Louise Tythacott. Musical Instruments. New York: Thomson Learning, 1995. 48 pp. Grades 4-8, ages 9-14. $24.26 (cloth), ISBN 978-1-56847-228-7.
Reviewed by Adeline Masquelier (Department of Anthropology, Tulane University)
Published on H-AfrTeach (April, 1999)
Musical Traditions in Africa and Elsewhere
Musical Instruments is an interesting and informative chidren's book that will appeal to children in elementary and middle school. It is beautifully illustrated with color photographs of performing musicians and is written in characters large enough for children who are just learning to read. Through a cursory look at a variety of musical traditions worldwide, the book introduces its readers to the role and history of music in culture. Though the book does not attempt to survey the totality of musical traditions on every continent, it stresses the diversity of these traditions.
In the introduction, the author points out that music is used for wide spectrum of purposes ranging from communication to distant gods to dance to healing. Because of its extensive world coverage, the section on Africa is necessarily limited. It nonetheless demonstrates the variety of musical forms that can be found on the continent. From lamellphones (incorrectly referred to as "thumb piano") to talking drums to ground zithers, young readers learn that Africans have a long musical history.
The author is careful to avoid ethnocentric or universal statements and to document the role of both women and men in musical performances--three of the five photographs depict female musicians. She unfortunately refers to "the Bantus" as if they are a unified and distinct ethnic group and does not bother to mention where they live. While the major regions of the continent (including North Africa) are represented, some traditions are conspicuously absent. There is no mention, for instance, of the nyamakalaw professional class of artists, griots, and other specialists who combine the roles of praise singers, messengers, and historians in some West African societies. It is also too bad that some of the countries mentioned in the photo captions or in the text are not located on the map. While the author notes in the Central and South American section that musical traditions in these areas have been influenced by African cultures, she forgets that Africa too has been the seat of musical exchanges and cultural creativity. Alluding to the guitar bands of West African highlife or the rich musical style of juju music (an urban guitar musical genre that incorporated Christian and indigenous Yoruba traditions) would have allowed her to at least mention that Africa is far from an isolated place where cultures remain unchanging and musical styles are immutable.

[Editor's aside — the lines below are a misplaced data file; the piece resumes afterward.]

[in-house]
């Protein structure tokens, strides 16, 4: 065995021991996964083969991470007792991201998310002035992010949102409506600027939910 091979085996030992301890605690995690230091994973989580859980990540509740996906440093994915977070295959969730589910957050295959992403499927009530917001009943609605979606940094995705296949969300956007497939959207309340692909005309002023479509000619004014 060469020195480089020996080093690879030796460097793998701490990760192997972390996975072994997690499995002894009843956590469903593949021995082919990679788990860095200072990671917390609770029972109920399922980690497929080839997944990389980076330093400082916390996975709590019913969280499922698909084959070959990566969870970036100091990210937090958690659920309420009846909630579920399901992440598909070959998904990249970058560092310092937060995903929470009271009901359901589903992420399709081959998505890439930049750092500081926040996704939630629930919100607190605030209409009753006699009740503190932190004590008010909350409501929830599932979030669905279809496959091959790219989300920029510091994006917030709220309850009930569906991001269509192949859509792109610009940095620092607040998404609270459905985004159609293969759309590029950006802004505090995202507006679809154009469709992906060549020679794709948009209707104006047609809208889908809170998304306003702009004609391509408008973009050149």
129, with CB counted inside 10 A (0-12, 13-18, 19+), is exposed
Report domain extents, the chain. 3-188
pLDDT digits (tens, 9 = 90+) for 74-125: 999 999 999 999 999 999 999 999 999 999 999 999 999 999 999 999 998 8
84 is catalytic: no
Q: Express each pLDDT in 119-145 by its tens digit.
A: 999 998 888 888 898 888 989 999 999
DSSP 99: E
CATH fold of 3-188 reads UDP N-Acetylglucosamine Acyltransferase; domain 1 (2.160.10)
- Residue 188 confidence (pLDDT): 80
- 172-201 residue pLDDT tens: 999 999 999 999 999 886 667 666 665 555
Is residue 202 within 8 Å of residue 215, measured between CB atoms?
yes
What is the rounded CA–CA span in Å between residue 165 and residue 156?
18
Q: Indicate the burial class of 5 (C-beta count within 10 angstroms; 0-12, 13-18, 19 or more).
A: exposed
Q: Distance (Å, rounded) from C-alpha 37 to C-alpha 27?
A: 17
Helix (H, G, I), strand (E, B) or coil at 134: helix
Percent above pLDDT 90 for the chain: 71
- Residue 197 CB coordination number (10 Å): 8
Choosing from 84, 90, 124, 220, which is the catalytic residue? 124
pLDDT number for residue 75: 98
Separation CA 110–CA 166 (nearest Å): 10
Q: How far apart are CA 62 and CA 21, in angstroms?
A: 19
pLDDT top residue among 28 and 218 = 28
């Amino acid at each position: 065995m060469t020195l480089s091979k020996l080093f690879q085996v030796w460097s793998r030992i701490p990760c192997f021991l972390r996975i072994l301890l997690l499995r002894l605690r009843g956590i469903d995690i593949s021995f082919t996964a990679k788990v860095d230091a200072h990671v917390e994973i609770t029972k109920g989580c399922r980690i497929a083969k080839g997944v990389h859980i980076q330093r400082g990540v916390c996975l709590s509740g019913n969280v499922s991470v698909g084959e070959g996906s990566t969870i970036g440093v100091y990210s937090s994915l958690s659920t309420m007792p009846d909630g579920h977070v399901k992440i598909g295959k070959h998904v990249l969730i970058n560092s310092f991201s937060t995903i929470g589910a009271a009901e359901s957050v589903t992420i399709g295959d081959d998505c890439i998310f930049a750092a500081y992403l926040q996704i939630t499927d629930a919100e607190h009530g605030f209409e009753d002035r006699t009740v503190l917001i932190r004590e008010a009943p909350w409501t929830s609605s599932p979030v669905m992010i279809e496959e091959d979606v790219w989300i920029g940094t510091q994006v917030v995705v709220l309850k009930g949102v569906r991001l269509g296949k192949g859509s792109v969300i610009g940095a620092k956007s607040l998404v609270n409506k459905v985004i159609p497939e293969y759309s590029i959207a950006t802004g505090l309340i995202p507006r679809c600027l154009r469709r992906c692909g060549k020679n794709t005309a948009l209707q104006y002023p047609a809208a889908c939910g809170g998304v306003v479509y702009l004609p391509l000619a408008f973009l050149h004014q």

Despite these shortcomings and an overall approach to musical instruments that might perhaps limit the reader's understanding of music as a total performance (involving body motion, facial expression, and singing), this is a useful and appealing book that should find its place on the shelves of many homes and school libraries.
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Adeline Masquelier. Review of Tythacott, Louise, Musical Instruments.
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